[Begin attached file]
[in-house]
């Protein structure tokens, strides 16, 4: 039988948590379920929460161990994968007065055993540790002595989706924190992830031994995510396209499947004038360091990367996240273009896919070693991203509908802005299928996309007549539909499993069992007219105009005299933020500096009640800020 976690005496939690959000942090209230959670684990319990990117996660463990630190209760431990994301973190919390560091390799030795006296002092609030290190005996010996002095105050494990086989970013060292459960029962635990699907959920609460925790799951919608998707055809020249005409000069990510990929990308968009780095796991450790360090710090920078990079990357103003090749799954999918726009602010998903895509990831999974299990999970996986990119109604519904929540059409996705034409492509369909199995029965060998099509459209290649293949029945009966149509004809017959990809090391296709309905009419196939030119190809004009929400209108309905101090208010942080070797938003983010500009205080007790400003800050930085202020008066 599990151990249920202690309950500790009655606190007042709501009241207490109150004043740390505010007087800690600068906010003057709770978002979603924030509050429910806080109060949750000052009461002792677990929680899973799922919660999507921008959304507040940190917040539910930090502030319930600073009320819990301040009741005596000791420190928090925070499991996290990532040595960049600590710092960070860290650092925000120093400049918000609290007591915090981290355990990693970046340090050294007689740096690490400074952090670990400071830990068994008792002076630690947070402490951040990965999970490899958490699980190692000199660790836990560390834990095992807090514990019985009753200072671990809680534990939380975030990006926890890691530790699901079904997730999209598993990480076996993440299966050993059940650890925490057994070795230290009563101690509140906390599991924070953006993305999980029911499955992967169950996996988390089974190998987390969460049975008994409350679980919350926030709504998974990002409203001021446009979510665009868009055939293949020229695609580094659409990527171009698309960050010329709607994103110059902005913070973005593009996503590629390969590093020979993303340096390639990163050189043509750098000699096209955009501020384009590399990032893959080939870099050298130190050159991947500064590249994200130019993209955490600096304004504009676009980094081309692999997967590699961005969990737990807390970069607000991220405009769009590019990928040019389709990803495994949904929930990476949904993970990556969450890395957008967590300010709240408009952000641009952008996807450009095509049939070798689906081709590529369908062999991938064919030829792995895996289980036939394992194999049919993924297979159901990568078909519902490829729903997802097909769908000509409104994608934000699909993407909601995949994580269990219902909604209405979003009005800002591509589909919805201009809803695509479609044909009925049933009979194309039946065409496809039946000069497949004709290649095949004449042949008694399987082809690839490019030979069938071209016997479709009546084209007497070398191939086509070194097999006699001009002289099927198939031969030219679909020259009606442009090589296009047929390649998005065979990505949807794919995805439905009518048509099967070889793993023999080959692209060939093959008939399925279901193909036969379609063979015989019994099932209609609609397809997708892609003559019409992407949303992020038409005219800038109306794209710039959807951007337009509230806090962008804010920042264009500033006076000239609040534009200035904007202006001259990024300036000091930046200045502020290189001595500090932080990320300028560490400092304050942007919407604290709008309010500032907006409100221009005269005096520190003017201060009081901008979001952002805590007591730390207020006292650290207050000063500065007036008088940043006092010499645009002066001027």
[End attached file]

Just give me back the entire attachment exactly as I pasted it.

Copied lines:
[in-house]
């Protein structure tokens, strides 16, 4: 039988948590379920929460161990994968007065055993540790002595989706924190992830031994995510396209499947004038360091990367996240273009896919070693991203509908802005299928996309007549539909499993069992007219105009005299933020500096009640800020 976690005496939690959000942090209230959670684990319990990117996660463990630190209760431990994301973190919390560091390799030795006296002092609030290190005996010996002095105050494990086989970013060292459960029962635990699907959920609460925790799951919608998707055809020249005409000069990510990929990308968009780095796991450790360090710090920078990079990357103003090749799954999918726009602010998903895509990831999974299990999970996986990119109604519904929540059409996705034409492509369909199995029965060998099509459209290649293949029945009966149509004809017959990809090391296709309905009419196939030119190809004009929400209108309905101090208010942080070797938003983010500009205080007790400003800050930085202020008066 599990151990249920202690309950500790009655606190007042709501009241207490109150004043740390505010007087800690600068906010003057709770978002979603924030509050429910806080109060949750000052009461002792677990929680899973799922919660999507921008959304507040940190917040539910930090502030319930600073009320819990301040009741005596000791420190928090925070499991996290990532040595960049600590710092960070860290650092925000120093400049918000609290007591915090981290355990990693970046340090050294007689740096690490400074952090670990400071830990068994008792002076630690947070402490951040990965999970490899958490699980190692000199660790836990560390834990095992807090514990019985009753200072671990809680534990939380975030990006926890890691530790699901079904997730999209598993990480076996993440299966050993059940650890925490057994070795230290009563101690509140906390599991924070953006993305999980029911499955992967169950996996988390089974190998987390969460049975008994409350679980919350926030709504998974990002409203001021446009979510665009868009055939293949020229695609580094659409990527171009698309960050010329709607994103110059902005913070973005593009996503590629390969590093020979993303340096390639990163050189043509750098000699096209955009501020384009590399990032893959080939870099050298130190050159991947500064590249994200130019993209955490600096304004504009676009980094081309692999997967590699961005969990737990807390970069607000991220405009769009590019990928040019389709990803495994949904929930990476949904993970990556969450890395957008967590300010709240408009952000641009952008996807450009095509049939070798689906081709590529369908062999991938064919030829792995895996289980036939394992194999049919993924297979159901990568078909519902490829729903997802097909769908000509409104994608934000699909993407909601995949994580269990219902909604209405979003009005800002591509589909919805201009809803695509479609044909009925049933009979194309039946065409496809039946000069497949004709290649095949004449042949008694399987082809690839490019030979069938071209016997479709009546084209007497070398191939086509070194097999006699001009002289099927198939031969030219679909020259009606442009090589296009047929390649998005065979990505949807794919995805439905009518048509099967070889793993023999080959692209060939093959008939399925279901193909036969379609063979015989019994099932209609609609397809997708892609003559019409992407949303992020038409005219800038109306794209710039959807951007337009509230806090962008804010920042264009500033006076000239609040534009200035904007202006001259990024300036000091930046200045502020290189001595500090932080990320300028560490400092304050942007919407604290709008309010500032907006409100221009005269005096520190003017201060009081901008979001952002805590007591730390207020006292650290207050000063500065007036008088940043006092010499645009002066001027």